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Azerbaijani, Iranian ministers discuss financing Rasht-Astara railway [UPDATE]

30 July 2018 15:20 (UTC+04:00)
Azerbaijani, Iranian ministers discuss financing Rasht-Astara railway [UPDATE]

By Kamila Aliyeva

Cooperation of Iran and Azerbaijan in transport sector became a central topic for discussion at a meeting of Azerbaijan’s Minister of Transport, Communications and High Technologies Ramin Guluzade and Iranian Minister of Roads and Urban Development Abbas Akhoundi held in Tehran on July 30.

The delegation led by Guluzade is paying a visit to Iran, for participation in the 24th International Exhibition of Electronics, Computer and E-Commerce ELECOMP 2018.

A deal according to which Baku has agreed to allocate a loan worth $500 million for the construction of the Rasht-Astara railway was discussed at a meeting, Iranian media outlets reported.

During the talks held in the Iranian capital, Guluzade and Akhoundi explored ways to speed up the allocation of the loan to the project.

The Iranian minister asked Guluzade to facilitate the financing process and help make the railway operational sooner. He also said the Qazvin-Rasht project is nearing its completion and will be inaugurated soon.

Guluzade, for his part, said that documents with respect to the Rasht-Astara railway are under study at Azerbaijan’s Finance Ministry and “we are hopeful to achieve good results about the financing soon."

Akhoundi also invited Azerbaijan to join a new railway that links the border town of Parsabad in Iran's Ardabil Province to Mugan plain in northwestern Iran and the southern part of Azerbaijan.

He talked about the details of Parsabad-Mugan rail link and invited Baku to join the railway.

“This is an important project similar to Astara-Astara railway between the two countries which can help expand transport cooperation between Iran and Azerbaijan,” the Iranian minister said.

During the meeting, Guluzade also said that Azerbaijan and Iran have agreed to reduce tariffs on interstate cargo transit as part of efforts to activate the International North-South Transport Corridor.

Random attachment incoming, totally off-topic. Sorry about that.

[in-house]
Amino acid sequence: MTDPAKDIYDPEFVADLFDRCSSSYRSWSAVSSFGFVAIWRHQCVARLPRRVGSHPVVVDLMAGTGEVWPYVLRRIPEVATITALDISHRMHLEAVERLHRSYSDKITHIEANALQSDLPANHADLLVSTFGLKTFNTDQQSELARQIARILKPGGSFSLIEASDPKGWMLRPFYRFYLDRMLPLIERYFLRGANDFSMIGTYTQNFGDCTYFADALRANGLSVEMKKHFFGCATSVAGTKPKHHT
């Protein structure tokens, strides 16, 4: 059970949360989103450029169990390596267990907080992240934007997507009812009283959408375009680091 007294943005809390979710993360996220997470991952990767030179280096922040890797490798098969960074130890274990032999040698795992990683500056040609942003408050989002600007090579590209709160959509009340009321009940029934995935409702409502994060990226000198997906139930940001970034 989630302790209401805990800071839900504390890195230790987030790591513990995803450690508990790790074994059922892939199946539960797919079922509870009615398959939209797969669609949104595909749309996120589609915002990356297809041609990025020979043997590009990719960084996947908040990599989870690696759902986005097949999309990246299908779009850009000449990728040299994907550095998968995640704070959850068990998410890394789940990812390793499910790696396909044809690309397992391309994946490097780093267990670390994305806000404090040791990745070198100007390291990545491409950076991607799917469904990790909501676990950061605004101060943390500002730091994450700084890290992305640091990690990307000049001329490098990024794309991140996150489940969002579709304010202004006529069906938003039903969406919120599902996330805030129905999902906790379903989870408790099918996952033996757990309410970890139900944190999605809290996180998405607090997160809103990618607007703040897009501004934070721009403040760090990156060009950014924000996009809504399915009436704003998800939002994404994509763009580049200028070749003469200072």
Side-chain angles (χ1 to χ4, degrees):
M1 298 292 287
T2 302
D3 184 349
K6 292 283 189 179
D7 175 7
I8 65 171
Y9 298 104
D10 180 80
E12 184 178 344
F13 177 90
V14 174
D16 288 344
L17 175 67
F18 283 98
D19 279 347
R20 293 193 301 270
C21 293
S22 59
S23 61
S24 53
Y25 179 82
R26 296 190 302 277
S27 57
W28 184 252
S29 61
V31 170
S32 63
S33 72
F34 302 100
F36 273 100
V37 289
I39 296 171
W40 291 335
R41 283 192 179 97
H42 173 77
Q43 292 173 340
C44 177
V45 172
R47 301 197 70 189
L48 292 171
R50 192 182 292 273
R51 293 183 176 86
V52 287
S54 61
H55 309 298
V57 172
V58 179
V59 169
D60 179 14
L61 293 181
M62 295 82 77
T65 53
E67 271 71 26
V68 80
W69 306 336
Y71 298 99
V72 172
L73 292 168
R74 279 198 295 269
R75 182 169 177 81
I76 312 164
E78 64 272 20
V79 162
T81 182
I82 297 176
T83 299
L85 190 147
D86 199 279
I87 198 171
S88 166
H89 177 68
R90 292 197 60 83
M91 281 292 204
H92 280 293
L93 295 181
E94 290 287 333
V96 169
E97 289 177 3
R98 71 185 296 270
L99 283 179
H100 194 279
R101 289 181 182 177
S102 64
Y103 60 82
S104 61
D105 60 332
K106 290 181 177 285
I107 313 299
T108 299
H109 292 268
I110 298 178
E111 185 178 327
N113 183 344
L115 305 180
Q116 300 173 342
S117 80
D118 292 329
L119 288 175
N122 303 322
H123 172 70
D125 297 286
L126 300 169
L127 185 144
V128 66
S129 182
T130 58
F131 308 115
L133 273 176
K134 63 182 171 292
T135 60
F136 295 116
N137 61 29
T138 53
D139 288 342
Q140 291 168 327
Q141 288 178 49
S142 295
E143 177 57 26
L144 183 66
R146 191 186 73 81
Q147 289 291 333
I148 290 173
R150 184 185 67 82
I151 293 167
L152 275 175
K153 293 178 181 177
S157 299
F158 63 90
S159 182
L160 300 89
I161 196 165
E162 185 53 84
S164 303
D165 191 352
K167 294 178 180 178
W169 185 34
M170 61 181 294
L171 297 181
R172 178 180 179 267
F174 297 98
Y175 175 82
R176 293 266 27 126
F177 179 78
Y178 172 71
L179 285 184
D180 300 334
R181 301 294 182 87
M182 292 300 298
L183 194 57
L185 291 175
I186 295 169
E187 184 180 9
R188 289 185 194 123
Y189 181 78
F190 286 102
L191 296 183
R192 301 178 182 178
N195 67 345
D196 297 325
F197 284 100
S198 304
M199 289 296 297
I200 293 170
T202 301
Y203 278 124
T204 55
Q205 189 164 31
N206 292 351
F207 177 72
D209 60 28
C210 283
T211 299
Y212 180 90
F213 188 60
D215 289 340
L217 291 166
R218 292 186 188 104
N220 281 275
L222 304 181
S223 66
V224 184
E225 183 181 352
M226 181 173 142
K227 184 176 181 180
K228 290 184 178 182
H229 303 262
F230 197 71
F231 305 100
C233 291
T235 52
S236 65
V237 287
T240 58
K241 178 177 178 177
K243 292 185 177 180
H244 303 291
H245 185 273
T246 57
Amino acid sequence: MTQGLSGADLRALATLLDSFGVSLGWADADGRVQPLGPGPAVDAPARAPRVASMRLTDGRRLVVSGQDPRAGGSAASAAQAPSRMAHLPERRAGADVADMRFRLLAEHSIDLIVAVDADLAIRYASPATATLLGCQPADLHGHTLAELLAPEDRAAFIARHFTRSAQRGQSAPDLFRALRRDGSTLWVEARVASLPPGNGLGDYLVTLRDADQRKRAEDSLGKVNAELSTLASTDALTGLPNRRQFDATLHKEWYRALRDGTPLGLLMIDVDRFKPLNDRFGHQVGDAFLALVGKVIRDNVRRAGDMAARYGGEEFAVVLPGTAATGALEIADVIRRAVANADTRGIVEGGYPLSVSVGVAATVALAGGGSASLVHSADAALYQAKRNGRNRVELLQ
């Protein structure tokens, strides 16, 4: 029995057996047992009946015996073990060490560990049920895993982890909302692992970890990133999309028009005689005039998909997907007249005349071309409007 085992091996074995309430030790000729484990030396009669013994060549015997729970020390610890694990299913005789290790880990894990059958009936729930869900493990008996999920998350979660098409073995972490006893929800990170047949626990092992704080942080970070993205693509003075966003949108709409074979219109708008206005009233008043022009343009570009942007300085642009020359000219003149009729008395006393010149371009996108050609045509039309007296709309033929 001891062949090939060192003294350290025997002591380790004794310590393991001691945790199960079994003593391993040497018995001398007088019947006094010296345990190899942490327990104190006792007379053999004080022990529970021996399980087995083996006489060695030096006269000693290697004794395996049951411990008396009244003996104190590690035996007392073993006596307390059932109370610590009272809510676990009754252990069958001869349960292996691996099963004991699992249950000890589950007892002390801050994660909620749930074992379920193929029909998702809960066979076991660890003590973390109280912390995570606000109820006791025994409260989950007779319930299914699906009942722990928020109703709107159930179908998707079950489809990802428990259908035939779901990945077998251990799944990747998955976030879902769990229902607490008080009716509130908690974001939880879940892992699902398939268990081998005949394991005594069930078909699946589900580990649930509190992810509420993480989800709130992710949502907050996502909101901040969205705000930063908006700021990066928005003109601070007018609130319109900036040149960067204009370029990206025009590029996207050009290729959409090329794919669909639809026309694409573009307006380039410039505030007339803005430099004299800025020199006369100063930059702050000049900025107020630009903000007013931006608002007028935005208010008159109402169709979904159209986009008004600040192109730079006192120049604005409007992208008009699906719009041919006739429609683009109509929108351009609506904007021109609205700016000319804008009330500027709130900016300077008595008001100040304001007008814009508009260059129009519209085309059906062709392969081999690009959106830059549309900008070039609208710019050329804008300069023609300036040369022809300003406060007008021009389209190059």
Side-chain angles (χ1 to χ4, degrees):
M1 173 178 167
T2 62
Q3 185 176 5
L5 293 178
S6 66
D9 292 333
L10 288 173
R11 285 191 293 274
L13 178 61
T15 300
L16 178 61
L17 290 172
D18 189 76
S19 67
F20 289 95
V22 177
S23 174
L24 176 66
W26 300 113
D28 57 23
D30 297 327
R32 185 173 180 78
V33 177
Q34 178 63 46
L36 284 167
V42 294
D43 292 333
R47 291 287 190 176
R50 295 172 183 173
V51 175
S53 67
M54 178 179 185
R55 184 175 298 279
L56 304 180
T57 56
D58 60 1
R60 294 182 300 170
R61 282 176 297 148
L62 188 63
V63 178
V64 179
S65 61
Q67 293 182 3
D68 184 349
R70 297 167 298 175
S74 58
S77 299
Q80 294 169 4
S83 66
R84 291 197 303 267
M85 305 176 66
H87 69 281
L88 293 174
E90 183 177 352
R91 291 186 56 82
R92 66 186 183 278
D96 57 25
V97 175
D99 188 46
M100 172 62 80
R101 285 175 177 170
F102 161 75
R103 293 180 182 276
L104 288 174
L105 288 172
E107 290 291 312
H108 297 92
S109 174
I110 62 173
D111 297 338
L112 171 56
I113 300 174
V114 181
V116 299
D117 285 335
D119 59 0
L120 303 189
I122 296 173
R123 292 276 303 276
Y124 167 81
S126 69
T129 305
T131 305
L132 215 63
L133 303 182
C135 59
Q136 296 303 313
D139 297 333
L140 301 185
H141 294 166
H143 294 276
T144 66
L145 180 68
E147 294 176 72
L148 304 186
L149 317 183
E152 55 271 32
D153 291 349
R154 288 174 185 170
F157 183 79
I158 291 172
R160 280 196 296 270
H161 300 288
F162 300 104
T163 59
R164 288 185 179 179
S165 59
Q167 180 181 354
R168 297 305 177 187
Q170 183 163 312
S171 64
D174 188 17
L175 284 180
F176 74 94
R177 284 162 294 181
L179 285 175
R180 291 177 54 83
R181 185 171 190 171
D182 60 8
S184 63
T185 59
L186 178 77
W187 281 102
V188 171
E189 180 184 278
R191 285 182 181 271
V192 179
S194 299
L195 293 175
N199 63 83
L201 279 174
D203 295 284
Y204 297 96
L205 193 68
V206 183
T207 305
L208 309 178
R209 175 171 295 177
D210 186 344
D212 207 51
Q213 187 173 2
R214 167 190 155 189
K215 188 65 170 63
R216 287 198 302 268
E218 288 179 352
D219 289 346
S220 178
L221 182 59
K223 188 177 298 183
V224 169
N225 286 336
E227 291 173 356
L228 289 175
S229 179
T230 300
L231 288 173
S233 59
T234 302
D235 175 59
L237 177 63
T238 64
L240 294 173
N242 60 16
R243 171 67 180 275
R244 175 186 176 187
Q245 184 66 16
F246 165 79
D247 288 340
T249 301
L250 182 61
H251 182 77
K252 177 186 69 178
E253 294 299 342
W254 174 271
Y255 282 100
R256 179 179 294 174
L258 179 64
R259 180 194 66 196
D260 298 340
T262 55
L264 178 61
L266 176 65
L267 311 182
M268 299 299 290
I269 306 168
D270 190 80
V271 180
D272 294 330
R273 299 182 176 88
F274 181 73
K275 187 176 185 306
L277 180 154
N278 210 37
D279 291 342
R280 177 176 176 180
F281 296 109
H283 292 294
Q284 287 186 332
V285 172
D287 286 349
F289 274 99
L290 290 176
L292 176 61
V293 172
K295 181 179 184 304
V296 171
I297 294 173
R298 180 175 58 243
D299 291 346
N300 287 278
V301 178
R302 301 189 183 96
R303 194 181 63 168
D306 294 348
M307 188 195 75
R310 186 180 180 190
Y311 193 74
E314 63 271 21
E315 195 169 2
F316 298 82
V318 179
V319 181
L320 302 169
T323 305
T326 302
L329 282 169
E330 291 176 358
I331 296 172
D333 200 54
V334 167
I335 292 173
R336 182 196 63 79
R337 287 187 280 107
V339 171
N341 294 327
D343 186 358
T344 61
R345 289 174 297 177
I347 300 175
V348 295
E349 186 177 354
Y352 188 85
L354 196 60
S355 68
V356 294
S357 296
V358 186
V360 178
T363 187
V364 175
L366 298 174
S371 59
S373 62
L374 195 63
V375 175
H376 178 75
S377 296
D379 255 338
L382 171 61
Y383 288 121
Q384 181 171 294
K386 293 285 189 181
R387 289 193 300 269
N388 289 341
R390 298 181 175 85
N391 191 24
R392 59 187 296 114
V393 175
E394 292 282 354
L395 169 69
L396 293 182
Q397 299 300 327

“Iran is keen to activate the International North-South Transport Corridor with the help of Azerbaijan. It has held talks with India and Russia in this regard,” he noted.

The major transit route is designed to facilitate the transportation of goods from Mumbai to Helsinki, using Iranian ports and railroads, which the Islamic Republic plans to connect to those of Azerbaijan and Russia.

He added that transit and customs obstacles need to be removed, noting that the two sides have agreed to facilitate cargo transit between the two neighboring nations.

The Rasht-Astara railroad project will be jointly carried out by Iran and Azerbaijan, each providing 50 percent of the required funding. Azerbaijan will fund $500 million and Iran will invest the same amount in the project.

To complete the railway links of the transportation corridor, Iran had earlier agreed to construct inland railroad segments in northern parts of the country in order to extend its railways to the border area with the neighboring Azerbaijan through the two Astara cities on both sides.

The initial plan included the Qazvin-Rasht and Rasht-Astara railroad segments.

In the meantime, Azerbaijan has launched a construction project to extend its railroads into Iran’s territory, which is going through the final tests and will be implemented soon.

The main goal of strategic cooperation between the railways of Iran and Azerbaijan is activating the International North-South Transportation Corridor which will eventually link Russia and Azerbaijan to High-Seas through the Islamic Republic.

The INSTC, a 7,200 kilometer-long freight route connecting India, Iran, Azerbaijan and Russia via ship, rail and road, is meant to connect Northern Europe with Southeast Asia. The main objective of the INSTC is to provide an alternative to the traditional routes carried out by sea through the Suez Canal and the Mediterranean and the Baltic Sea.

This means goods could be carried from Mumbai to the Iranian port of Bandar Abbas and further to Baku. They could then pass across the Russian border into Astrakhan, then proceeding to Moscow and St. Petersburg, before going in the direction of Europe.

The corridor is expected to bring huge benefits to the Azerbaijani budget. The route enjoys several advantages compared to other transport corridors, as it is considered to be more profitable for each parameter than other alternative routes, including reduction of the distance and delivery time two or threefold.

The route would substantially cut the travel time for everything from Asian consumer goods to Central Eurasia’s natural resources to advanced European exports.

When completed, the INSTC is expected to increase the volume of commodities currently traded between Iran and Azerbaijan from 600,000 tons to 5 million tons per year, dramatically increasing bilateral trade from the current $500 million per year.


Kamila Aliyeva is AzerNews’ staff journalist, follow her on Twitter: @Kami_Aliyeva

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